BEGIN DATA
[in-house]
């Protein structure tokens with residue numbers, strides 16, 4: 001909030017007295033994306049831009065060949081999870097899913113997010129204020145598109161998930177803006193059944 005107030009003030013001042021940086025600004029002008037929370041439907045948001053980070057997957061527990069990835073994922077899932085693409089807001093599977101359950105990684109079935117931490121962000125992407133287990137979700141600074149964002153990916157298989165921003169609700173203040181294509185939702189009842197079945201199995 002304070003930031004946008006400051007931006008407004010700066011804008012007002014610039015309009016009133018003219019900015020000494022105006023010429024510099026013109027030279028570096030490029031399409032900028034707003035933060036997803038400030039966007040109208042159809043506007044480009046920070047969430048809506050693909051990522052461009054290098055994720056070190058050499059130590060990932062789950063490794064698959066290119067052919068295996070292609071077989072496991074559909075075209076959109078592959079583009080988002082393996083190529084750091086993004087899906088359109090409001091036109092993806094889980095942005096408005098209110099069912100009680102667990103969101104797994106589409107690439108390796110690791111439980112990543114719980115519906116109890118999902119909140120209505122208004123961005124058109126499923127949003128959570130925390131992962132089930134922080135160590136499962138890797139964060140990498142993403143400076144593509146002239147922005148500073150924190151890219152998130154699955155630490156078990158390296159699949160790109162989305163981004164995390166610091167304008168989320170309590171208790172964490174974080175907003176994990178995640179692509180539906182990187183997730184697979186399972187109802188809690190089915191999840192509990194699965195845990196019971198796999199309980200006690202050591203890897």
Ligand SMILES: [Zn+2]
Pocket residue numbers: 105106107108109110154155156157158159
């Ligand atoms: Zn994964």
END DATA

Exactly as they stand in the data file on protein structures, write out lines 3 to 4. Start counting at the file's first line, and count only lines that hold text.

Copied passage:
Ligand SMILES: [Zn+2]
Pocket residue numbers: 105106107108109110154155156157158159